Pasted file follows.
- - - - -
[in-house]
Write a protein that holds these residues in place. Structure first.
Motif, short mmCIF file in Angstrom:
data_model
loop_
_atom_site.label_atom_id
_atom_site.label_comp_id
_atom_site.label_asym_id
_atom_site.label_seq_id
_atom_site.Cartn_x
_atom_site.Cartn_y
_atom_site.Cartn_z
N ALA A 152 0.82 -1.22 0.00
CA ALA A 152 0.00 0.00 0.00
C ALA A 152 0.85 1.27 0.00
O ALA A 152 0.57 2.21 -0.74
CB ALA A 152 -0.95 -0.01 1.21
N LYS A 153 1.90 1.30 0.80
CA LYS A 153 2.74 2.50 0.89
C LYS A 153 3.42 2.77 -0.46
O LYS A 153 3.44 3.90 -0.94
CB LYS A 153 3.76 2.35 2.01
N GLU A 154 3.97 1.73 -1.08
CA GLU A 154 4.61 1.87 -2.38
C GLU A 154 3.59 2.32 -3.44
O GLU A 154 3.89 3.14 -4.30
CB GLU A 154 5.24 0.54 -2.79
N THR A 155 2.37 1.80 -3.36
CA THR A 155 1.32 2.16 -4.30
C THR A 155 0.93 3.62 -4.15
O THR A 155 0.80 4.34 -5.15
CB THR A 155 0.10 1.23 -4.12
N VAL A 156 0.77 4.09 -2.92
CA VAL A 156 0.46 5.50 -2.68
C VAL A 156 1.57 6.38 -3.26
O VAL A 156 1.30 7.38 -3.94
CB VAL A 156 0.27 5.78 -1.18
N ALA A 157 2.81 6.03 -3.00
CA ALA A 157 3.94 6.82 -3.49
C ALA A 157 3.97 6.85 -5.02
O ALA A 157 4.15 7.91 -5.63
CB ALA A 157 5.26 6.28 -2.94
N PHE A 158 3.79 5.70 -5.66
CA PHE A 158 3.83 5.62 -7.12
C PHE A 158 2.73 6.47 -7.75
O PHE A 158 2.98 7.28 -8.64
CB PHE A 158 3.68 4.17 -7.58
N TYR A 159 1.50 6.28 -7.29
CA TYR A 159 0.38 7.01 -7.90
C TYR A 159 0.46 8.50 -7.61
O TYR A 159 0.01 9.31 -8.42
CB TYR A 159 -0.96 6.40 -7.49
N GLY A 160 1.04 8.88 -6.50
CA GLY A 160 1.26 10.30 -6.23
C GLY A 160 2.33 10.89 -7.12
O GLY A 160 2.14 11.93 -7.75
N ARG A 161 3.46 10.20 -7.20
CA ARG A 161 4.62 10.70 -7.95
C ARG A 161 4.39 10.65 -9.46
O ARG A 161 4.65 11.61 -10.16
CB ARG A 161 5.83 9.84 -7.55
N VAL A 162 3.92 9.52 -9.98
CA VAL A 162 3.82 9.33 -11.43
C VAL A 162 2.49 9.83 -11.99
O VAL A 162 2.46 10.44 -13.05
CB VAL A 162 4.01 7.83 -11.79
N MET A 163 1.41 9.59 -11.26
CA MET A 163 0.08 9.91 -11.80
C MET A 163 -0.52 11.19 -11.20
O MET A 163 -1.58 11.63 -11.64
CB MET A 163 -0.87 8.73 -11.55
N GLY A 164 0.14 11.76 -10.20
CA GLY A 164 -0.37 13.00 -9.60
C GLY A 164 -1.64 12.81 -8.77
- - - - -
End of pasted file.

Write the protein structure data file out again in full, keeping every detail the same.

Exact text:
[in-house]
Write a protein that holds these residues in place. Structure first.
Motif, short mmCIF file in Angstrom:
data_model
loop_
_atom_site.label_atom_id
_atom_site.label_comp_id
_atom_site.label_asym_id
_atom_site.label_seq_id
_atom_site.Cartn_x
_atom_site.Cartn_y
_atom_site.Cartn_z
N ALA A 152 0.82 -1.22 0.00
CA ALA A 152 0.00 0.00 0.00
C ALA A 152 0.85 1.27 0.00
O ALA A 152 0.57 2.21 -0.74
CB ALA A 152 -0.95 -0.01 1.21
N LYS A 153 1.90 1.30 0.80
CA LYS A 153 2.74 2.50 0.89
C LYS A 153 3.42 2.77 -0.46
O LYS A 153 3.44 3.90 -0.94
CB LYS A 153 3.76 2.35 2.01
N GLU A 154 3.97 1.73 -1.08
CA GLU A 154 4.61 1.87 -2.38
C GLU A 154 3.59 2.32 -3.44
O GLU A 154 3.89 3.14 -4.30
CB GLU A 154 5.24 0.54 -2.79
N THR A 155 2.37 1.80 -3.36
CA THR A 155 1.32 2.16 -4.30
C THR A 155 0.93 3.62 -4.15
O THR A 155 0.80 4.34 -5.15
CB THR A 155 0.10 1.23 -4.12
N VAL A 156 0.77 4.09 -2.92
CA VAL A 156 0.46 5.50 -2.68
C VAL A 156 1.57 6.38 -3.26
O VAL A 156 1.30 7.38 -3.94
CB VAL A 156 0.27 5.78 -1.18
N ALA A 157 2.81 6.03 -3.00
CA ALA A 157 3.94 6.82 -3.49
C ALA A 157 3.97 6.85 -5.02
O ALA A 157 4.15 7.91 -5.63
CB ALA A 157 5.26 6.28 -2.94
N PHE A 158 3.79 5.70 -5.66
CA PHE A 158 3.83 5.62 -7.12
C PHE A 158 2.73 6.47 -7.75
O PHE A 158 2.98 7.28 -8.64
CB PHE A 158 3.68 4.17 -7.58
N TYR A 159 1.50 6.28 -7.29
CA TYR A 159 0.38 7.01 -7.90
C TYR A 159 0.46 8.50 -7.61
O TYR A 159 0.01 9.31 -8.42
CB TYR A 159 -0.96 6.40 -7.49
N GLY A 160 1.04 8.88 -6.50
CA GLY A 160 1.26 10.30 -6.23
C GLY A 160 2.33 10.89 -7.12
O GLY A 160 2.14 11.93 -7.75
N ARG A 161 3.46 10.20 -7.20
CA ARG A 161 4.62 10.70 -7.95
C ARG A 161 4.39 10.65 -9.46
O ARG A 161 4.65 11.61 -10.16
CB ARG A 161 5.83 9.84 -7.55
N VAL A 162 3.92 9.52 -9.98
CA VAL A 162 3.82 9.33 -11.43
C VAL A 162 2.49 9.83 -11.99
O VAL A 162 2.46 10.44 -13.05
CB VAL A 162 4.01 7.83 -11.79
N MET A 163 1.41 9.59 -11.26
CA MET A 163 0.08 9.91 -11.80
C MET A 163 -0.52 11.19 -11.20
O MET A 163 -1.58 11.63 -11.64
CB MET A 163 -0.87 8.73 -11.55
N GLY A 164 0.14 11.76 -10.20
CA GLY A 164 -0.37 13.00 -9.60
C GLY A 164 -1.64 12.81 -8.77